The Blood Covenant, Part 2: Is There Anyone Still Left? (1 Samuel 18:1-4; 2 Samuel 9:1-10)

David and Jonathan enter into a parity covenant, exchanging robes and weapons to signify their bond of loyalty to each other. The covenant they cut includes Jonathan’s young son Mephibosheth, whom David seeks out to bless even after Jonathan dies. Thereafter, Mephibosheth is invited to eat at the king’s table forever, unworthy though he may be. David shows Mephibosheth hesed (loving-kindness) because of his covenant with Jonathan, who served as his son’s covenant representative head.

This historical episode illustrates well the concept of representation. As Jonathan was Mephibosheth’s covenant representative head, so Jesus is the covenant representative head of the entire human race. Moreover, like David looking for Mephibosheth, God is searching for us, wanting to lavish upon us all the riches and blessings that come from being in covenant with him through Christ. He invites us to eat at the King’s table forever, unworthy though we may be. God’s hesed (lovingkindness) now flows to all who acknowledge Jesus by faith as their covenant representative head.

Sermon Resources:

New Worship Song for This Sunday: ‘Covenant of Grace’

Corporate worship continues this Sunday, September 27 at 10:30 a.m. in Dech Memorial Chapel in Myerstown, PA. Local folks will be singing “Covenant of Grace”—a song that is new to our fellowship. You can preview it here to help prepare for worship:


COVENANT OF GRACE

Chorus

The wonder of Your mercy Lord 
The beauty of Your grace 
That You would even pardon me 
And bring me to this place 
I stand before Your holiness 
I can only stand amazed 
The sinless Savior died to make 
A covenant of grace 

Verse 1

I only want to serve you 
Bring honor to Your name 
And though I’ve often failed You 
Your faithfulness remains 
I’ll glory in my weakness 
That I might know Your strength 
I will live my life at the Cross of Christ 
And raise a banner to proclaim 

Verse 2

You welcome us before You 
Into this holy place 
The brilliance of Your glory 
Demands our endless praise 
The One, the only Savior 
Has opened heaven’s doors
We can enter in free from all our sin 
By Your cleansing sacrifice

Words and music by Don Wallace 
© 1997 Sovereign Grace Worship (ASCAP)

‘The Man in the Arena’: Theodore Roosevelt’s Inspiration to Persevere

Theodore Roosevelt was a soldier, explorer, naturalist, and statesman who served as the 26th President of the United States from 1901 to 1909. Born a sickly child with debilitating asthma, he eventually overcame his health challenges by embracing a rigorous lifestyle.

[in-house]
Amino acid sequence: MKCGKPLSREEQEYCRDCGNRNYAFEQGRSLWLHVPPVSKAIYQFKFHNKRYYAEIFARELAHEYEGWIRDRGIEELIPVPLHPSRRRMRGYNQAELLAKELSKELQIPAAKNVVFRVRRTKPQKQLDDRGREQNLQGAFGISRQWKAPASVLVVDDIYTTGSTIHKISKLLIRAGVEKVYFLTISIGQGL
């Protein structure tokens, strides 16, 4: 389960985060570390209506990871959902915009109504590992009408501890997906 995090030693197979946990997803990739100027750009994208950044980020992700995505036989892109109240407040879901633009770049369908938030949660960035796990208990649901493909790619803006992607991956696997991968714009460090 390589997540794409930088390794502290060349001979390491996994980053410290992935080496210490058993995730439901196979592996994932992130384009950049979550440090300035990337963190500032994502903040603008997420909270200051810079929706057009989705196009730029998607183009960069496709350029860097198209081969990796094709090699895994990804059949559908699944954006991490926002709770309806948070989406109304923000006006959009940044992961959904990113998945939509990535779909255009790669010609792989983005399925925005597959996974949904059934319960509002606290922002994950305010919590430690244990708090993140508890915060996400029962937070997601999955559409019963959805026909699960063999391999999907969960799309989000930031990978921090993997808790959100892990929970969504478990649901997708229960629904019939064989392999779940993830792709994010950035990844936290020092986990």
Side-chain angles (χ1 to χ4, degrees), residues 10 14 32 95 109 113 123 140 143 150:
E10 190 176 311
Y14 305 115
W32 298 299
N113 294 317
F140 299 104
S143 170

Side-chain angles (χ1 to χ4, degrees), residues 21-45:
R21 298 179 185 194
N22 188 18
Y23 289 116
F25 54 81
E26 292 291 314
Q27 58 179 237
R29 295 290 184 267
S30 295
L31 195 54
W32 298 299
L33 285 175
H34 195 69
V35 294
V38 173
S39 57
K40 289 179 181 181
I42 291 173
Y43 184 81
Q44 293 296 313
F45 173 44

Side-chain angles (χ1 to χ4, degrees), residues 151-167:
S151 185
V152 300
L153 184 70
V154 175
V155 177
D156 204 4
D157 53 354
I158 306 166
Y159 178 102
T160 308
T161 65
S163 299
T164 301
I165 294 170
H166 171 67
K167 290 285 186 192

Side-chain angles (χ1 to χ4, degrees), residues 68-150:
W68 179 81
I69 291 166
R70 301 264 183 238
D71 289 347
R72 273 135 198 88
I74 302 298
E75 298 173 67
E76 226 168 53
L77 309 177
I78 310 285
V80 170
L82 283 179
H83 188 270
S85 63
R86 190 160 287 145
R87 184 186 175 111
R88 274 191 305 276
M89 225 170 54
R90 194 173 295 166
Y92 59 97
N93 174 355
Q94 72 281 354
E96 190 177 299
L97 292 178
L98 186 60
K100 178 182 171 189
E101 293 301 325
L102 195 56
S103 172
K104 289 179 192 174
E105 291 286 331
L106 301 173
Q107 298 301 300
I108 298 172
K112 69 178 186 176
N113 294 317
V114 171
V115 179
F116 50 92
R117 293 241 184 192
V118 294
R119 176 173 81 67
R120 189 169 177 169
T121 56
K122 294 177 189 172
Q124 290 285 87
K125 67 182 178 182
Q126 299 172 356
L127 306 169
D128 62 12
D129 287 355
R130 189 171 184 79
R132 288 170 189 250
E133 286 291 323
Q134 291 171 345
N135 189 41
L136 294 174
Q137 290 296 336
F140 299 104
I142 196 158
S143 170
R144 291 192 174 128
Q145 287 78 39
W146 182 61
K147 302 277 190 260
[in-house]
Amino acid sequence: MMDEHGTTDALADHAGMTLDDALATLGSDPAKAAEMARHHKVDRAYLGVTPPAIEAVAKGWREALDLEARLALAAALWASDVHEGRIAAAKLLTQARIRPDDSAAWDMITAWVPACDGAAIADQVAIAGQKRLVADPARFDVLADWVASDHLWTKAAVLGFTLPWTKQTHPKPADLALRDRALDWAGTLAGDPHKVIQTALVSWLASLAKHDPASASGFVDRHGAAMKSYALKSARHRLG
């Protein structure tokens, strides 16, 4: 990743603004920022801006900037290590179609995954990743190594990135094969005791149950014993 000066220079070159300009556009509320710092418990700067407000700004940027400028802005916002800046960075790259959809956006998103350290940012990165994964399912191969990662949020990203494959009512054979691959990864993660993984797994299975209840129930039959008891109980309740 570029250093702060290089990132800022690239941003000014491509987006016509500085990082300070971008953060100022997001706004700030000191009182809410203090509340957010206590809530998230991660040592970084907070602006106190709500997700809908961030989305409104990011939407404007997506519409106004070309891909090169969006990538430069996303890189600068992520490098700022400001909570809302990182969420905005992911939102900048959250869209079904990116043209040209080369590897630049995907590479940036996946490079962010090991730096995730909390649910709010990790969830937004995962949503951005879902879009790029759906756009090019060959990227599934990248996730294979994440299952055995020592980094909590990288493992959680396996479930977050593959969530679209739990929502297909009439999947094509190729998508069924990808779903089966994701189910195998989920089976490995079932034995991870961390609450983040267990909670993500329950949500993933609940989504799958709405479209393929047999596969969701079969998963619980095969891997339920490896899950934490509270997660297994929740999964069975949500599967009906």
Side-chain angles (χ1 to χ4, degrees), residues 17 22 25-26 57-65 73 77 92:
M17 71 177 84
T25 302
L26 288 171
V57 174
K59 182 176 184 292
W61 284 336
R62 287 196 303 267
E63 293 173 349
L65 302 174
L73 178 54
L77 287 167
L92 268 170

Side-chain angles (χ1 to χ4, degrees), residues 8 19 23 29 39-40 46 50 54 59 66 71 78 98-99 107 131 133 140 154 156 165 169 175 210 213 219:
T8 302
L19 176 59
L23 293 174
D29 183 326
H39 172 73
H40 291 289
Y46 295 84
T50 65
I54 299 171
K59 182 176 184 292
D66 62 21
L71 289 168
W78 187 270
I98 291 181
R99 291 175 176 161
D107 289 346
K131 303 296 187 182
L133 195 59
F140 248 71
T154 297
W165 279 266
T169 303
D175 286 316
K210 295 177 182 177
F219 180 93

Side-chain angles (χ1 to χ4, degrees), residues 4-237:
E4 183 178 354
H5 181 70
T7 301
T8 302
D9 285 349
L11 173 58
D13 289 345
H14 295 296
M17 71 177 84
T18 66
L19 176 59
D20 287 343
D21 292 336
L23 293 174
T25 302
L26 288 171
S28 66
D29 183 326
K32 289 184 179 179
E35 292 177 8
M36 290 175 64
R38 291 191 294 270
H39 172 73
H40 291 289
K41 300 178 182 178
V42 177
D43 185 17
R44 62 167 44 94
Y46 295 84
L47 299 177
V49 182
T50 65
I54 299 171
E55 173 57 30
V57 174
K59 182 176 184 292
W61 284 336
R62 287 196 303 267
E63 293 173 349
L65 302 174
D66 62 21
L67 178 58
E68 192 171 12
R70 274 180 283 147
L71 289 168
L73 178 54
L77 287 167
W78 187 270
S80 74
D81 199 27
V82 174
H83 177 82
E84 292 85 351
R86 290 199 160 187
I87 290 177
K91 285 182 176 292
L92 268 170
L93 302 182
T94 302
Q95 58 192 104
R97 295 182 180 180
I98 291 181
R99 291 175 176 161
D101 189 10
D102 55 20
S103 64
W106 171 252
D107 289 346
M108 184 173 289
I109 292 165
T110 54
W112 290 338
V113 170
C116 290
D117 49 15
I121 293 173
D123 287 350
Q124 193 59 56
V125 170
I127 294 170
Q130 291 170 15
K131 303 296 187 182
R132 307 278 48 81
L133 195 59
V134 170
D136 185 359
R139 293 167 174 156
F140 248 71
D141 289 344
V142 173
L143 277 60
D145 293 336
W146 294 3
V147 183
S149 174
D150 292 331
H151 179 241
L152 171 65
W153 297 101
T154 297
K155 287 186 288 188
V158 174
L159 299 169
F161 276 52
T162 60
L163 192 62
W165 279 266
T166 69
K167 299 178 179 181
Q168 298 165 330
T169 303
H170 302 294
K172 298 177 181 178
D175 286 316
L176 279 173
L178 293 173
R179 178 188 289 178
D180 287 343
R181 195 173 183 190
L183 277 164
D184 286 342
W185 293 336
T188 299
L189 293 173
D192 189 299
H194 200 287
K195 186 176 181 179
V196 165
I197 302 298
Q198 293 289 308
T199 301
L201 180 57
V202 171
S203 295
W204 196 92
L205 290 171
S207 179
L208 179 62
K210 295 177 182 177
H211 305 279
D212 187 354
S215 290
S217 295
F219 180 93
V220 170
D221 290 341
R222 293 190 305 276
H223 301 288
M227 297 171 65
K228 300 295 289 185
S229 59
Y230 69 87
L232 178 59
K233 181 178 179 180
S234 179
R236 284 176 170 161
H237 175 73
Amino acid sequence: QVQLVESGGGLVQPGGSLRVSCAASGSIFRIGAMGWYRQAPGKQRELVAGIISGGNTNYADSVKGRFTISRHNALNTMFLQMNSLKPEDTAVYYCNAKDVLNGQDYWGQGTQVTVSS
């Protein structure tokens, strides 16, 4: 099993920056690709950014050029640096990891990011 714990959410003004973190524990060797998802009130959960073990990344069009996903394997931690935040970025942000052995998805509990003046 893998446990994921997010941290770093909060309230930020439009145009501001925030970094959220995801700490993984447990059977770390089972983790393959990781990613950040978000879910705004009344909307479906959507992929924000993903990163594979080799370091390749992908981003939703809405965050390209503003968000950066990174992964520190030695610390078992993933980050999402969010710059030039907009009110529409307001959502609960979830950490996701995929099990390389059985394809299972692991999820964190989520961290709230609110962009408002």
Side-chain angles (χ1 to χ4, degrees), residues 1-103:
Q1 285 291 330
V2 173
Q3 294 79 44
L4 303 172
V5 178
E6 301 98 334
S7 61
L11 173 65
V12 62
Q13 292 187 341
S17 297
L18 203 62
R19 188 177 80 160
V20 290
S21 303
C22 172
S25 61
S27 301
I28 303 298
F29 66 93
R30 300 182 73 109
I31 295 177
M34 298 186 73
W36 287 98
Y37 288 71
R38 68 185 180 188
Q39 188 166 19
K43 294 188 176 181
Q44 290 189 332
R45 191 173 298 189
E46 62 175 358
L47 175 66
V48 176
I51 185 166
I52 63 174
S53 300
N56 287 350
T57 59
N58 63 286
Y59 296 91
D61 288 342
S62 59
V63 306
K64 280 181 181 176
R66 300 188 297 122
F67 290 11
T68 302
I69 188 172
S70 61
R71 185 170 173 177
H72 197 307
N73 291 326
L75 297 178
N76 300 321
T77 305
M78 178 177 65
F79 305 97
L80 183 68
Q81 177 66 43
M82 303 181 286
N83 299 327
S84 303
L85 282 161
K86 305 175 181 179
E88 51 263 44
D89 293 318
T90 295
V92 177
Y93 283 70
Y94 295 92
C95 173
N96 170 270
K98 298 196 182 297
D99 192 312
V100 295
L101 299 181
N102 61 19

Following William McKinley’s assassination in September 1901, Roosevelt became president at age 42, the youngest person ever to hold the office. One of his more famous quotations was shared in a speech the year after he left office. It is commonly known at the “The Man in the Arena” quotation, from an address titled, “Citizenship in a Republic.”

Regardless of how many times you may have stumbled or failed, be inspired by Roosevelt’s words to persevere:

“It is not the critic who counts; not the man who points out how the strong man stumbles, or where the doer of deeds could have done them better. The credit belongs to the man who is actually in the arena, whose face is marred by dust and sweat and blood; who strives valiantly; who errs, who comes short again and again, because there is no effort without error and shortcoming; but who does actually strive to do the deeds; who knows great enthusiasms, the great devotions; who spends himself in a worthy cause; who at the best knows in the end the triumph of high achievement, and who at the worst, if he fails, at least fails while daring greatly, so that his place shall never be with those cold and timid souls who neither know victory nor defeat.”

Theodore Roosevelt

“Citizenship in a Republic”
Speech at the Sorbonne Paris, France
April 23, 1910

ICL Evangelism and Discipleship, Class Session 2

Class Resources:

Video Clip: Alistair Begg on “The Supremacy of Christ in the First Century” (2:45)

Video Clip: Paul Tripp on “Knowledge Does Not Mean Maturity” (3:45)

Video Clip: Robert Plummer on “The Greek Grammar of the Great Commission” (6:56)

Class video available (for 30 days) upon request.